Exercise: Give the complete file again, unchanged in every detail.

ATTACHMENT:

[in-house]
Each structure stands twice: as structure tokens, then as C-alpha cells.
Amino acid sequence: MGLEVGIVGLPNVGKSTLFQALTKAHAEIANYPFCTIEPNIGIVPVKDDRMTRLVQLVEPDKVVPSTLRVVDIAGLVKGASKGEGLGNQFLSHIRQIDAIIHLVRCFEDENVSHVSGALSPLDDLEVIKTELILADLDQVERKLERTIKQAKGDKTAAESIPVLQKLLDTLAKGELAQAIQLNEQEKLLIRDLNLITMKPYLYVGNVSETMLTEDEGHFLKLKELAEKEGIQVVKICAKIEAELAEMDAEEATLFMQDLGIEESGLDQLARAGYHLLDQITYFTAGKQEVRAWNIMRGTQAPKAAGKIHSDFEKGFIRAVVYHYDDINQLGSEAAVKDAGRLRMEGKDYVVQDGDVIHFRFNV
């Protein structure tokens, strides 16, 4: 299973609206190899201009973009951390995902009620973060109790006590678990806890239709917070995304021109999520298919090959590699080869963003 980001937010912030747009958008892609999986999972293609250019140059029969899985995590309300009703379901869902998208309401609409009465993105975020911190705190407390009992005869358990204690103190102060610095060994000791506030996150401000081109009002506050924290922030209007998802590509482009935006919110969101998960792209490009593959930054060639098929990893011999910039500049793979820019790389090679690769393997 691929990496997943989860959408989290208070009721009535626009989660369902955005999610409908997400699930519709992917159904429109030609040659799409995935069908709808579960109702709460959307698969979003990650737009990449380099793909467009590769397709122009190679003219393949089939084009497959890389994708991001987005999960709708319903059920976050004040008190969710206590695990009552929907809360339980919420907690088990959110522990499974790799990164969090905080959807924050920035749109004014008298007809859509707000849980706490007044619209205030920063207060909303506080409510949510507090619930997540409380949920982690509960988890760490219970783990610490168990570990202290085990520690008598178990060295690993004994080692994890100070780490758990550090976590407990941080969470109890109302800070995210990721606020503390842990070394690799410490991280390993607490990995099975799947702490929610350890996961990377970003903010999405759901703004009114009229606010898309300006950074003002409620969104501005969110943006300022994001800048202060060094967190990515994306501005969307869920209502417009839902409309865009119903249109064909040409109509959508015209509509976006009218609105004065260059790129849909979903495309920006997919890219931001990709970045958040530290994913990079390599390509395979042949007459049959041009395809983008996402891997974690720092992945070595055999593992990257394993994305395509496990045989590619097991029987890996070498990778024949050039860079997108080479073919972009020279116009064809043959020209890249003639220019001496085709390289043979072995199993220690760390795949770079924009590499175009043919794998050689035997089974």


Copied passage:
[in-house]
Each structure stands twice: as structure tokens, then as C-alpha cells.
Amino acid sequence: MGLEVGIVGLPNVGKSTLFQALTKAHAEIANYPFCTIEPNIGIVPVKDDRMTRLVQLVEPDKVVPSTLRVVDIAGLVKGASKGEGLGNQFLSHIRQIDAIIHLVRCFEDENVSHVSGALSPLDDLEVIKTELILADLDQVERKLERTIKQAKGDKTAAESIPVLQKLLDTLAKGELAQAIQLNEQEKLLIRDLNLITMKPYLYVGNVSETMLTEDEGHFLKLKELAEKEGIQVVKICAKIEAELAEMDAEEATLFMQDLGIEESGLDQLARAGYHLLDQITYFTAGKQEVRAWNIMRGTQAPKAAGKIHSDFEKGFIRAVVYHYDDINQLGSEAAVKDAGRLRMEGKDYVVQDGDVIHFRFNV
């Protein structure tokens, strides 16, 4: 299973609206190899201009973009951390995902009620973060109790006590678990806890239709917070995304021109999520298919090959590699080869963003 980001937010912030747009958008892609999986999972293609250019140059029969899985995590309300009703379901869902998208309401609409009465993105975020911190705190407390009992005869358990204690103190102060610095060994000791506030996150401000081109009002506050924290922030209007998802590509482009935006919110969101998960792209490009593959930054060639098929990893011999910039500049793979820019790389090679690769393997 691929990496997943989860959408989290208070009721009535626009989660369902955005999610409908997400699930519709992917159904429109030609040659799409995935069908709808579960109702709460959307698969979003990650737009990449380099793909467009590769397709122009190679003219393949089939084009497959890389994708991001987005999960709708319903059920976050004040008190969710206590695990009552929907809360339980919420907690088990959110522990499974790799990164969090905080959807924050920035749109004014008298007809859509707000849980706490007044619209205030920063207060909303506080409510949510507090619930997540409380949920982690509960988890760490219970783990610490168990570990202290085990520690008598178990060295690993004994080692994890100070780490758990550090976590407990941080969470109890109302800070995210990721606020503390842990070394690799410490991280390993607490990995099975799947702490929610350890996961990377970003903010999405759901703004009114009229606010898309300006950074003002409620969104501005969110943006300022994001800048202060060094967190990515994306501005969307869920209502417009839902409309865009119903249109064909040409109509959508015209509509976006009218609105004065260059790129849909979903495309920006997919890219931001990709970045958040530290994913990079390599390509395979042949007459049959041009395809983008996402891997974690720092992945070595055999593992990257394993994305395509496990045989590619097991029987890996070498990778024949050039860079997108080479073919972009020279116009064809043959020209890249003639220019001496085709390289043979072995199993220690760390795949770079924009590499175009043919794998050689035997089974």